Fife have already used Consul for online voting for small grants through the “Connect East Neuk” process back in August 2019 which aimed to reduce social isolation. This worked really well and has given other people the confidence to think about how they might use Consul as a tool for future PB processes.

They have also been using Consul for the “Let’s talk about transporting people” processes but also to enhance consultation on their Play Spaces Strategy.

“Some people know about it and you will see they come back but it needs to become a mainstream tool in its own sense, currently it is sitting a bit off on the side and I’d quite like to see it more integrated into our system.”


5 top tips in integrating a digital tool like Consul

  1. Promotion and awareness building. 
  2. Because it [Consul] is sitting on another platform elsewhere, you need to direct people from where they are - for instance, Facebook or other channels. 
  3. Changing people’s expectations about how they interact with the council and creating a co-operative space that is more about dialogue and deliberation and a two-way conversation, rather than contacting the council to complain about something.
  4. Pose questions positively online and you will get people engaging in a positive way. By doing this, Fife hasn’t had any issues with moderation.
  5. Thinking about equity of the voting process, you can create other methods to do that in-person such as fill in a form and hand it in, to provide options for people. 

Top 3 PB learnings

  1. If using a digital tool for the first time, keep it simple and don’t try and be too clever with that.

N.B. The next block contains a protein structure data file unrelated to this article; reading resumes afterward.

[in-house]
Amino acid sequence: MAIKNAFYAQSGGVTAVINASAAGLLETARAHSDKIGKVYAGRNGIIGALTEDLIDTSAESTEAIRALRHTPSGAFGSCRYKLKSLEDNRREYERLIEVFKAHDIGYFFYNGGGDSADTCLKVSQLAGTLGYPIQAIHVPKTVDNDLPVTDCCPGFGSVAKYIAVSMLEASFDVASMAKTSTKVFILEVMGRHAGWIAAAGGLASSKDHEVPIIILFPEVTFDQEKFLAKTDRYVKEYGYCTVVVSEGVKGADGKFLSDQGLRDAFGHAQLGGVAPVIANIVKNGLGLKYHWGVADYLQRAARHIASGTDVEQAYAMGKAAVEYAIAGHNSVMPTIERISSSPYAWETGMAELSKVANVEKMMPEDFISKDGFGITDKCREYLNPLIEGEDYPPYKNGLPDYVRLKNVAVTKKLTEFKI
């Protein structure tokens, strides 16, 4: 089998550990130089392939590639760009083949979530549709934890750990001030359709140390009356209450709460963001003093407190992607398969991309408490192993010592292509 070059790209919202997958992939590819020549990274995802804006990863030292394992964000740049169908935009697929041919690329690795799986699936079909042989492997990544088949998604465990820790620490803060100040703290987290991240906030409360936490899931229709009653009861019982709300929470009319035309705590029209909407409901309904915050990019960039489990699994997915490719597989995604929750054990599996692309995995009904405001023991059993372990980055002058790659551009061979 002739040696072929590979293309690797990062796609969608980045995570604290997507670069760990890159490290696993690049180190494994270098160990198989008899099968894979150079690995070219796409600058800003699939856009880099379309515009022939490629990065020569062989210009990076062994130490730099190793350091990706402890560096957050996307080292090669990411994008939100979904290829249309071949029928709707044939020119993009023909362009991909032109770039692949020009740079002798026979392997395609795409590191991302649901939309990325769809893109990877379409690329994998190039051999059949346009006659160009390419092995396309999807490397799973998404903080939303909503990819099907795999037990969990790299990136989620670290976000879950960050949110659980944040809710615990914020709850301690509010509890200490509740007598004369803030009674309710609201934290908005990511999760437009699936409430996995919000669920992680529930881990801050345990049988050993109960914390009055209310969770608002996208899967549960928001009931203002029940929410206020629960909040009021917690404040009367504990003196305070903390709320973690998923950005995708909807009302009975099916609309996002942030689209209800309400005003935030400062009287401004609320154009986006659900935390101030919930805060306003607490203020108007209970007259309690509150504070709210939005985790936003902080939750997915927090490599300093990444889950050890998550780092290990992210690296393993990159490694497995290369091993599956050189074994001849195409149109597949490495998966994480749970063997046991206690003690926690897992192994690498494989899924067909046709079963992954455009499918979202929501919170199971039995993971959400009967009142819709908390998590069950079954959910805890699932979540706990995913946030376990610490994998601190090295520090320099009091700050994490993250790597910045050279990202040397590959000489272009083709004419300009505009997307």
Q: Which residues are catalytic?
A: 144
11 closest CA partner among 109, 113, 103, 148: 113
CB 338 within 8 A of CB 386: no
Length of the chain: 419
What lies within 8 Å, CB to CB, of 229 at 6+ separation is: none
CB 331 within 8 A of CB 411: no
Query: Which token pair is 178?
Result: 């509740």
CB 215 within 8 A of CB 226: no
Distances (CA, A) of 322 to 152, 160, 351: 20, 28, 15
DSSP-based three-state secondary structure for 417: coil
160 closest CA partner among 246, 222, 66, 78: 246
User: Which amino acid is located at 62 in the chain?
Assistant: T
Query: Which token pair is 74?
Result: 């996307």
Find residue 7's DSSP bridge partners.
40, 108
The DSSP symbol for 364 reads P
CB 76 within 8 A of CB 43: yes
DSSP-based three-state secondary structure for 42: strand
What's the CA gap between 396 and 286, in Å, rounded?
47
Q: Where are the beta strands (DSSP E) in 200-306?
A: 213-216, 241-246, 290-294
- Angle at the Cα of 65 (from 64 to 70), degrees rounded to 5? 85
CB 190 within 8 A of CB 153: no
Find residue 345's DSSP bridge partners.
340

2. Think about how online extends or complements your offline engagement processes so it’s not a replacement for it.
  3. Give it a try, learn from it and improve for the next time. For each of the iterations there are things you can use and adapt. For example, one of the things Fife has learned over time from public voting processes is to have people available from the funding team to follow-up on proposals which weren’t successful. 

What would you like to see for Fife in the future?

“Participation becomes the way in which we work...and about how you’re creating opportunities for people to have their say in decisions in their local area. I think I would like to see more of a bottom-up push of that...so how we support that or enable that with communities...and led from communities...I hope people will be open to doing things in a slightly different way.”


Read more about Fife PB story 2010-2017 here.

Further information & international learning

WWS Film - Learning from Paris

WWS Blog - Paris and PB - perceptions, participation and parallels from a Fife perspective

WWS Blog - continuing to learn from international experiences of participatory budgeting

Further Fife related docs on the PB Scotland Khub group including COSLA Fife case study Note: Khub document links are not publicly available and can only be seen by people who are members of the PB in Scotland group.